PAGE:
Competition, you say? When Starbucks moved into downtown Missoula in 2006, the local news media ran the predictable story asking local coffee shops like Break Espresso and Liquid Planet what it would mean for their business.  The same story ran recently when Einsteins Bagels announced it would open its first Montana location less than a block from Missoula’s bagel institution, Bagels on Broadway.

In each instance, the response was predictable.  Answers ranged from “there’s plenty of room for everyone,” to “the more the merrier,” to “national brands raise the interest in the product,” to “we are proud/good at what we do and will see how things shake out.”  What else are they going to say?  Competition is a fact of life for every business. (Incidentally, Starbucks closed it’s downtown Missoula location three years later. It’s now a Jimmy John’s sandwich shop competing with downtown’s other lunch favorites.)

Things are different in Montana’s world of alcohol.

When prohibition ended in the 1930s, Montana chose to enact a quota system for liquor licenses. For the most part, there aren’t any licenses left in the places you’d most want to get one.  Thus, these quota limits have created an artificial system that significantly increases the value of the licenses.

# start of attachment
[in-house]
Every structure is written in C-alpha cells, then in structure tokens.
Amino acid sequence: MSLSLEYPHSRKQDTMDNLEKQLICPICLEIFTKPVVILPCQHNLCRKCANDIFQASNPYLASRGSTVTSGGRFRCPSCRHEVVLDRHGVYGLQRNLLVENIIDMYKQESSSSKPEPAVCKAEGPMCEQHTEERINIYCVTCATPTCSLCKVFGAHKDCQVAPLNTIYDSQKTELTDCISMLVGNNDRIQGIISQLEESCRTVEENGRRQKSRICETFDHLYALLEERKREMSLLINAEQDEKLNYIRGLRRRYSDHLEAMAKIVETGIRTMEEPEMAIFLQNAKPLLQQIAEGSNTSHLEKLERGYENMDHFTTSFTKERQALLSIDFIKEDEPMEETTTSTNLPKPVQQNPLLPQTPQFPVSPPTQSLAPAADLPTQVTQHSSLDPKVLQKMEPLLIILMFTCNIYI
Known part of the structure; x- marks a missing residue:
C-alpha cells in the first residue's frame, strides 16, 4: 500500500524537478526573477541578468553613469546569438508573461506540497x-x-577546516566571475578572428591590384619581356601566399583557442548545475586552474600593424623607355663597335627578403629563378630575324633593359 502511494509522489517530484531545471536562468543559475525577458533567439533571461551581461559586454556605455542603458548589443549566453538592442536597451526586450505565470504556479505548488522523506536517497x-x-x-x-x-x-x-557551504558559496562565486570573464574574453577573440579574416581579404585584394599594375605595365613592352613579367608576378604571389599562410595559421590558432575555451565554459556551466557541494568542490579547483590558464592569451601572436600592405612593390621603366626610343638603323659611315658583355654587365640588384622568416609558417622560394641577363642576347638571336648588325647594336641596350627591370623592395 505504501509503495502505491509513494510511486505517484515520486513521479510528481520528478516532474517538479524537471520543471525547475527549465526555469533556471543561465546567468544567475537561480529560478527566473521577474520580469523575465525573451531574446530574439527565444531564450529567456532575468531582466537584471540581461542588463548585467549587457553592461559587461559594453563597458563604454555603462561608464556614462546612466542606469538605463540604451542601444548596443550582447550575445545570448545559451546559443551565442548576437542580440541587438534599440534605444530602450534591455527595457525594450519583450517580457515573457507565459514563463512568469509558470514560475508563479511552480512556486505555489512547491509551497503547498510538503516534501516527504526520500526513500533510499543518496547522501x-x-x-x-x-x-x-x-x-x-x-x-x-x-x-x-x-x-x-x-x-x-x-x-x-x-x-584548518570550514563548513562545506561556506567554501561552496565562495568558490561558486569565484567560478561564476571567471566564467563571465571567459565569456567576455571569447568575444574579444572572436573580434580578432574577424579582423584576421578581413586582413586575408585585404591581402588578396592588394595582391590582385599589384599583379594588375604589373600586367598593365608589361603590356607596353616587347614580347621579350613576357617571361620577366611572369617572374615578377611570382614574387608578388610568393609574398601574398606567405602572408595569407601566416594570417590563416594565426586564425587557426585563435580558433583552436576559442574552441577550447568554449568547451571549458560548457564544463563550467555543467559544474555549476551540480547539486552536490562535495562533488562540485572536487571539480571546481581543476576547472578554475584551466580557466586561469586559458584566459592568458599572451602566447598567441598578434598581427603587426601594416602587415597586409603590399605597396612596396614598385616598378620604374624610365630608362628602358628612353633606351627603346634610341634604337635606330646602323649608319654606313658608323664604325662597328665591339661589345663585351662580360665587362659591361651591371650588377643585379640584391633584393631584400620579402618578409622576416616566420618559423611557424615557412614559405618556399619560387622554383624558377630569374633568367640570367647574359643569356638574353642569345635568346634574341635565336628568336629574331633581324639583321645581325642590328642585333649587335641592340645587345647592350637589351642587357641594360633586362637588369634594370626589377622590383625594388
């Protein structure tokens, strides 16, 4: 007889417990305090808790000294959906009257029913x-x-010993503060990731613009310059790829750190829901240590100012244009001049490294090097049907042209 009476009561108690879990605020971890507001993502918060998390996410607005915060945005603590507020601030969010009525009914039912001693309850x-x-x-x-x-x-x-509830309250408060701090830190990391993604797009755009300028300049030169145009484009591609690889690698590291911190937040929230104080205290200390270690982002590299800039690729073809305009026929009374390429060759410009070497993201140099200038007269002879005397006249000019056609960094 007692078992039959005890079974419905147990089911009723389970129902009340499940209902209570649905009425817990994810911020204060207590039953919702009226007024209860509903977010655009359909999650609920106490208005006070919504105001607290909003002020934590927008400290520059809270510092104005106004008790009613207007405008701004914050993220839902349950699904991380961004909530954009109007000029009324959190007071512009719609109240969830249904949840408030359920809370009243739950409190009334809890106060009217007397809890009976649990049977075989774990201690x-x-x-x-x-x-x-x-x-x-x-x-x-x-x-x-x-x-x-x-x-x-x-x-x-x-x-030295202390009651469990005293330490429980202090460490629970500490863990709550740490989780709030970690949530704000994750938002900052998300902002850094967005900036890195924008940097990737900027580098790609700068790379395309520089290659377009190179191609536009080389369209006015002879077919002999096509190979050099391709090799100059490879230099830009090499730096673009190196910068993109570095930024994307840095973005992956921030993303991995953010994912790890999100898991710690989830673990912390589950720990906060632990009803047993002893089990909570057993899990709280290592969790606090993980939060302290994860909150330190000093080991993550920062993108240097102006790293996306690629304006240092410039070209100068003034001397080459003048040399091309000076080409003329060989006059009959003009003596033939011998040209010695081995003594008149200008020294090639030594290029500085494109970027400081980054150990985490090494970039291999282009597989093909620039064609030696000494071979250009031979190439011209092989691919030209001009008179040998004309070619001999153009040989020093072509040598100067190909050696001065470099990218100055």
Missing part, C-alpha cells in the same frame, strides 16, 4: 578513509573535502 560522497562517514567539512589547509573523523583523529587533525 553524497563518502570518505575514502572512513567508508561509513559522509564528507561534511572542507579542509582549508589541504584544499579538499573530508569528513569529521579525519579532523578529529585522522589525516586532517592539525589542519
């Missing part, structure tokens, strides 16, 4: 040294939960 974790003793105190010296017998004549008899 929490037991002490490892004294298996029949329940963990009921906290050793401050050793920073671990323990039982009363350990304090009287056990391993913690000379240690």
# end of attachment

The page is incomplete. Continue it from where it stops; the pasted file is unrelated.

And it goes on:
Want to open a bar in Missoula? You can’t run to the Department of Revenue and pay $400 for a license.  You must purchase it from someone who already has one.  Supply and demand at play.  As demand increases, so does the price. Add more licenses, and the value of the existing ones decreases.

The quota system also provides a built-in limit on competition.  With only so many licenses, there can only be so much competition. 

The MTA’s bill to limit tap room sales to 10% of annual production is about competition. It’s about the MTA’s attempt to preserve value created by an artificial system.  Never mind that many tavern owners paid from a few hundred to a few thousand for a license, not the hundreds of thousands the MTA would lead one to believe.  For them, it is merely about prohibiting Starbucks from moving in down the street.